In my last blog post, I highlighted some tips and tricks to save time and promote collaboration in Microsoft Teams. In this post, I will discuss key considerations for Teams governance.
Don’t Overthink Governance
Remember, when a user creates a Microsoft Team, an Office 365 Group is also created. This Office 365 Group, by default, creates an Outlook distribution list, a SharePoint Site Collection, a shared Calendar, Planner, and OneNote notebook for the group members. With so many interconnected elements, things can quickly become a virtual “Wild West.”
We take you through 10 best practices, considerations, and suggestions that can enrich your Microsoft Teams deployment and ensure both end-user adoption and engagement.
To effectively manage Teams and keep the chaos at bay, it is important to implement governance. But implementation does not have to be tricky. The key is to keep it simple.
Use this quick checklist of governance considerations. Start small. Answer the key questions and ensure you have coverage and a roadmap for the bigger items. Microsoft suggests asking these key questions:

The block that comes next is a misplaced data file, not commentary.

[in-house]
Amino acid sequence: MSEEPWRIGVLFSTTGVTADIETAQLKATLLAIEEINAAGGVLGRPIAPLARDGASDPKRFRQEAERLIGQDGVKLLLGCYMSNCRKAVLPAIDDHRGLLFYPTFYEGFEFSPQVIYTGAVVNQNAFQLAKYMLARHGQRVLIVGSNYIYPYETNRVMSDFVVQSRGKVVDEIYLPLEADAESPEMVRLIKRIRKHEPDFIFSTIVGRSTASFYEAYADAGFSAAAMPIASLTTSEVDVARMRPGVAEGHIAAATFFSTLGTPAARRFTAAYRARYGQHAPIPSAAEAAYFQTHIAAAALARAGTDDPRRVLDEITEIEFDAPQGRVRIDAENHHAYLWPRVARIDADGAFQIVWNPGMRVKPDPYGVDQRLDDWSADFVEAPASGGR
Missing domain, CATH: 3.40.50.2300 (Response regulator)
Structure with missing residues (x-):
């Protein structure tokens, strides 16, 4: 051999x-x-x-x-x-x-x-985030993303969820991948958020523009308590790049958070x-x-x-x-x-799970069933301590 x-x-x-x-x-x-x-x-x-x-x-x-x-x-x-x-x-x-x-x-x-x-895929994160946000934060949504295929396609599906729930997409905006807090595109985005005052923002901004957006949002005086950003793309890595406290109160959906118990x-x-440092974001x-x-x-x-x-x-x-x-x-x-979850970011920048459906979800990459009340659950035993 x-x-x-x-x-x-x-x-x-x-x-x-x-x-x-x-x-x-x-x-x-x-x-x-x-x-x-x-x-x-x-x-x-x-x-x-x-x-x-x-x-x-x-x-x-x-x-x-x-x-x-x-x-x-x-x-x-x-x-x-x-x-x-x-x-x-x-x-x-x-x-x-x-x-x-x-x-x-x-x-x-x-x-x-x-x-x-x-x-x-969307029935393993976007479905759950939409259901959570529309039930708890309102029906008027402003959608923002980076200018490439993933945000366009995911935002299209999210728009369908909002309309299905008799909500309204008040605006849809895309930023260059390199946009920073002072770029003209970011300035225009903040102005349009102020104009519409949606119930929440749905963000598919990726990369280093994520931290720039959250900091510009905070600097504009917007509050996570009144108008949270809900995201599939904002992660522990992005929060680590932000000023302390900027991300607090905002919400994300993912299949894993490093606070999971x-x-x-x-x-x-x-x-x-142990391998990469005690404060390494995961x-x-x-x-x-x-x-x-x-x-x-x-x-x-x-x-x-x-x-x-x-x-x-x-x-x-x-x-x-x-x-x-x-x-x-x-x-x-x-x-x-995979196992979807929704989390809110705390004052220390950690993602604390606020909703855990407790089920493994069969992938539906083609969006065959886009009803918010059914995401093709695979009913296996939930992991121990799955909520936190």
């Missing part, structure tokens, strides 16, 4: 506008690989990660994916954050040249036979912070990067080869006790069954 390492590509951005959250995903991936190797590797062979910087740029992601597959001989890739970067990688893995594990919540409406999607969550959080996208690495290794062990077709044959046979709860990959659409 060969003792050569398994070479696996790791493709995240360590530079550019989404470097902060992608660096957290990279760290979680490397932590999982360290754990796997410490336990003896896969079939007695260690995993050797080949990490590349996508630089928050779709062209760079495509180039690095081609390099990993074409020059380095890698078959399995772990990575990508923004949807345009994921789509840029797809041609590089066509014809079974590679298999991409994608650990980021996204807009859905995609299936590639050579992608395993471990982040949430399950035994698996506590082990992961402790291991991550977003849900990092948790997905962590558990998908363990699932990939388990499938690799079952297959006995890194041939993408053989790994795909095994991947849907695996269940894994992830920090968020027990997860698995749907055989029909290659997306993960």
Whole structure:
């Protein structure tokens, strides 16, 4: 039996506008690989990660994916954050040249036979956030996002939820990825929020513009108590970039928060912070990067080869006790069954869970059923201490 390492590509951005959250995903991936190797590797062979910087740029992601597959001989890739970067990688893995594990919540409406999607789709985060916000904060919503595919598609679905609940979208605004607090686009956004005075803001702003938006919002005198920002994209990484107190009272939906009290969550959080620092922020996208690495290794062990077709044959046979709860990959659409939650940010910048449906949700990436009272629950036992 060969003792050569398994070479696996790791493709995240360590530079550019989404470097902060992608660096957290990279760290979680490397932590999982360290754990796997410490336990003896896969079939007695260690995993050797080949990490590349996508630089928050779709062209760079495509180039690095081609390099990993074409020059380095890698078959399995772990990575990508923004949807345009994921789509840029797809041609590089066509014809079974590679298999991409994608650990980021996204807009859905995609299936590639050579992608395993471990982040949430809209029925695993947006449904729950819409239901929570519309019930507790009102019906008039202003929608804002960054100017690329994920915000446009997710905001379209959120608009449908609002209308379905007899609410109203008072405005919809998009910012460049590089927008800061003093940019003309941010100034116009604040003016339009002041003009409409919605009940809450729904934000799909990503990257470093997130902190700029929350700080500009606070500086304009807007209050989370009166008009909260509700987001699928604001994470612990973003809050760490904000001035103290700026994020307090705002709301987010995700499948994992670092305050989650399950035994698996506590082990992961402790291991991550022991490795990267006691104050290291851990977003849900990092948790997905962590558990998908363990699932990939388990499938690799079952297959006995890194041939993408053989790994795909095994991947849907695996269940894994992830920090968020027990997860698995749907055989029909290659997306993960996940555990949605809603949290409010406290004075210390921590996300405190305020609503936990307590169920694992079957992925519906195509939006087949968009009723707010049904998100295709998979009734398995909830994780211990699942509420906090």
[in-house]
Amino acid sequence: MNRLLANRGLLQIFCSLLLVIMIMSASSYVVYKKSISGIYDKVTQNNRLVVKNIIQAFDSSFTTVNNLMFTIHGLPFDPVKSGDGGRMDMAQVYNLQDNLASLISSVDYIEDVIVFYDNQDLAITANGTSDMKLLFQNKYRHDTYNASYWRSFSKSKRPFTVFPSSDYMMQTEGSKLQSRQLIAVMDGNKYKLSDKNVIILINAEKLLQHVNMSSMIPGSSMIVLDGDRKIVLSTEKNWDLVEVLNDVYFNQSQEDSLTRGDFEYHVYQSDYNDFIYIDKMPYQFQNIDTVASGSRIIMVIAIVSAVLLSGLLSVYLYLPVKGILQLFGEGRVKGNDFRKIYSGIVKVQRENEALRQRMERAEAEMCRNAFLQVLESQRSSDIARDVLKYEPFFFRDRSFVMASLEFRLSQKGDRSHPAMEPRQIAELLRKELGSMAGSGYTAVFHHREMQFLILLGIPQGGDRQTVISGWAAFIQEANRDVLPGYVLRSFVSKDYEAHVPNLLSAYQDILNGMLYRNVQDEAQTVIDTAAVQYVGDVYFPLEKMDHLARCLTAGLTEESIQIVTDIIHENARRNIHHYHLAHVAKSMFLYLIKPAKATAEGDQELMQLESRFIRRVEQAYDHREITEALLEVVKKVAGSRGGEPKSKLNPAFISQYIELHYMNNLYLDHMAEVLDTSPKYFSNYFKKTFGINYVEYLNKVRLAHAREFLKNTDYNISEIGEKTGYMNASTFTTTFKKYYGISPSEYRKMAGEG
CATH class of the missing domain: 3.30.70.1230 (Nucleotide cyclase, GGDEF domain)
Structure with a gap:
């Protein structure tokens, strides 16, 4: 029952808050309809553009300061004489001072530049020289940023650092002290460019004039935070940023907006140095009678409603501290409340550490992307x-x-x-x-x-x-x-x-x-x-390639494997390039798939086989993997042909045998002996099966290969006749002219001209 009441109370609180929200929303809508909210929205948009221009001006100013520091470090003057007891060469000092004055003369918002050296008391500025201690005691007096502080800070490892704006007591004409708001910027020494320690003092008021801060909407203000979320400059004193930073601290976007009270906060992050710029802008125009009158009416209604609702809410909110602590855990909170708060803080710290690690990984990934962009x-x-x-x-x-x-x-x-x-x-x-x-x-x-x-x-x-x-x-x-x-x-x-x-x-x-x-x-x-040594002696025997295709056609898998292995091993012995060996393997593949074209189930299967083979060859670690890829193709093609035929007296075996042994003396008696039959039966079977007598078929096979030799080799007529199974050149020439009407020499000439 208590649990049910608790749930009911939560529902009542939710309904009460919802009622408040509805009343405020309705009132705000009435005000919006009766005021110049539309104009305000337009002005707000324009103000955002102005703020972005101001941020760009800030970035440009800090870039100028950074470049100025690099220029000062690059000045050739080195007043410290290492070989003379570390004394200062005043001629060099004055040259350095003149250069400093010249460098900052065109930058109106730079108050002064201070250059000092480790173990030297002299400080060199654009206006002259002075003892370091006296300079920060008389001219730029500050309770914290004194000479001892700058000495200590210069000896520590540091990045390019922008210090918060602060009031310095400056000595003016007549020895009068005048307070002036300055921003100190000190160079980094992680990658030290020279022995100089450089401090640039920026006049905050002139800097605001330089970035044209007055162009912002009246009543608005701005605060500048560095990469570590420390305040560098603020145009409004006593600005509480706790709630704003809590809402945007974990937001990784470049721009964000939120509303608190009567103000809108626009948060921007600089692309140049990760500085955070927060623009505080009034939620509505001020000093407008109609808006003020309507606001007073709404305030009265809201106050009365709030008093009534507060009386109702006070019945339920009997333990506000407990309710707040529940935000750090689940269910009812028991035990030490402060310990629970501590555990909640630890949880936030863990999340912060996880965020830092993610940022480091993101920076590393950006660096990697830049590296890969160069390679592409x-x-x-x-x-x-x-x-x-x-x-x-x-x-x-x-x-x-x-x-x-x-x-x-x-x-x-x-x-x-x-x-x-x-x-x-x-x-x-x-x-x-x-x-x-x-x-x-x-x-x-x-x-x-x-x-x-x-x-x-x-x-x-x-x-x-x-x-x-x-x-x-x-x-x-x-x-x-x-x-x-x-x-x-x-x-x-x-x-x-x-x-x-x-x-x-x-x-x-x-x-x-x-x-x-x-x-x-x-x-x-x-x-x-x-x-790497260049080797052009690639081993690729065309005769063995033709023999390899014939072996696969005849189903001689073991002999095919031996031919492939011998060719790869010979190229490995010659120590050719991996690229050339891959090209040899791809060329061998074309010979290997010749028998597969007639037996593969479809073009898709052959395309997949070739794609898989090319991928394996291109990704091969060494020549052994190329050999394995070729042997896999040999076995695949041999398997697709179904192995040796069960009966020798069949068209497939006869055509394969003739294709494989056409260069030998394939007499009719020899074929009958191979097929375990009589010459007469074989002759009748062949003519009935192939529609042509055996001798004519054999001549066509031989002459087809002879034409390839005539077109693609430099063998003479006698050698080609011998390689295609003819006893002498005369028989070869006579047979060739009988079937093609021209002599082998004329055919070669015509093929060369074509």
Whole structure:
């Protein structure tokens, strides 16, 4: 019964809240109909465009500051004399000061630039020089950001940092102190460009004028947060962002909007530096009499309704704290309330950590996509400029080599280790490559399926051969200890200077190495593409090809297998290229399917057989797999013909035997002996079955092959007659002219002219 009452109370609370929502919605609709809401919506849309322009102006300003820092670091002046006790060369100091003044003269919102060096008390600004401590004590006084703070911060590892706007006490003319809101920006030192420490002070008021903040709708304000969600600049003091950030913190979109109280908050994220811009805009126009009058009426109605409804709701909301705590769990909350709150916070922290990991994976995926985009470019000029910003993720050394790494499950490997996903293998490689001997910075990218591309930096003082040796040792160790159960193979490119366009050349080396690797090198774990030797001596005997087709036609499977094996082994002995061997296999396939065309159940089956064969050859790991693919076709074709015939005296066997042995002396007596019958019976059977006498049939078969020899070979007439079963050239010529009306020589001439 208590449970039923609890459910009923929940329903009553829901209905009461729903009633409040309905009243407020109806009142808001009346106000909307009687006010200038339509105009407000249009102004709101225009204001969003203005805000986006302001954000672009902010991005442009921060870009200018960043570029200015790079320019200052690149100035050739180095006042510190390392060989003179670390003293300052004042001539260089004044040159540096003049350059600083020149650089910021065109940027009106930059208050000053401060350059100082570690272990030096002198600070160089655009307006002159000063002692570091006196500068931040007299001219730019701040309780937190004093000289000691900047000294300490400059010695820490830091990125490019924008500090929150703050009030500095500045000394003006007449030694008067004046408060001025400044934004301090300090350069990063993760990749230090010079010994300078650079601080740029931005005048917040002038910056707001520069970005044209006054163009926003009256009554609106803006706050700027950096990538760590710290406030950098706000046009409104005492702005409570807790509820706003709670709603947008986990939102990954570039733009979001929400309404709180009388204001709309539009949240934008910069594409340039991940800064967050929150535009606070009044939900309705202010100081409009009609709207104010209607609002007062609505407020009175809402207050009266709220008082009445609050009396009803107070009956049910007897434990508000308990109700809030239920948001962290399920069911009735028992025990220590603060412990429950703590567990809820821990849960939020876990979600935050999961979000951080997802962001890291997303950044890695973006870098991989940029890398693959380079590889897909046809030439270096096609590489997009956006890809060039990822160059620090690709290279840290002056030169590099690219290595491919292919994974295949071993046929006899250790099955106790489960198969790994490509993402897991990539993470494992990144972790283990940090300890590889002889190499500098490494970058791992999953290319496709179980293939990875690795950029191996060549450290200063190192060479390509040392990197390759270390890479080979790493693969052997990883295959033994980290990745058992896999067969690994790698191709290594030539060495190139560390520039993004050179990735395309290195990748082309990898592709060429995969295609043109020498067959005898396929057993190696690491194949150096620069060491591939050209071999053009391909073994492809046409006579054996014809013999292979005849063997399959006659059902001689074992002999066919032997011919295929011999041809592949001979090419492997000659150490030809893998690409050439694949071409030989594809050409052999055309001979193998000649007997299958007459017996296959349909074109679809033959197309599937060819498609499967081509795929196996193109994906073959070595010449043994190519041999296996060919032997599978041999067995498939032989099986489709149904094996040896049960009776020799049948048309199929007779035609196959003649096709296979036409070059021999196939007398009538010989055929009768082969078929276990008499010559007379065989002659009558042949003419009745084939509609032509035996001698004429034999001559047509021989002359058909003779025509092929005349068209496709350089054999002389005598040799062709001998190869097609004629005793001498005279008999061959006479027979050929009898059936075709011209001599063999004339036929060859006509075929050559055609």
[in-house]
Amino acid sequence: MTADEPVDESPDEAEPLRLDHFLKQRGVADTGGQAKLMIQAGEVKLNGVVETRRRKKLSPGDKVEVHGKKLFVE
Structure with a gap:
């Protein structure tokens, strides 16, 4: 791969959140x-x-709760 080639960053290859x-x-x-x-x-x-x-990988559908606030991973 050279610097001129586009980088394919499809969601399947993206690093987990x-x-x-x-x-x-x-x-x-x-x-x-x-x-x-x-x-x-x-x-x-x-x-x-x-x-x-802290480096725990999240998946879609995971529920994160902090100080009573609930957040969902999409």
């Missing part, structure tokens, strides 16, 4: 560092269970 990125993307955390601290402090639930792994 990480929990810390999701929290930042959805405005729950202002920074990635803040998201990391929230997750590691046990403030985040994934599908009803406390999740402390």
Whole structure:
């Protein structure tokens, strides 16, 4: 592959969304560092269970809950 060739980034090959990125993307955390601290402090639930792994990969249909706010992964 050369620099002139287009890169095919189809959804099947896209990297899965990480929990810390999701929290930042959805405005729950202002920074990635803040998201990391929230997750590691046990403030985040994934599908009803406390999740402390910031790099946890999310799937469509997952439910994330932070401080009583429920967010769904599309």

- Who can create Teams?
- Teams naming conventions
- Guest access and connectors
- Approved apps
- Are meetings included? If not, what’s the plan?
- Data security
- Team and O365 group expiry
- How long will you POC vs. pilot vs. launch?
More Items to consider:
- Set content levels for the fun stuff
- Narrow down your connectors and apps to what you support
- Plan for:
- Lifecycle management in Teams
- Governance in Teams
- Security and compliance in Teams
- Enterprise mobility and device management
- Data protection with eDiscovery, retention, etc.
Consider a Core Governance Strategy
If it makes sense, consider starting with a core governance strategy. This simplified version of the more detailed and robust governance policies concentrate on settings and hard controls rather than processes and other deeper concerns. This is a starting point that will grow with your use of Teams and Office 365.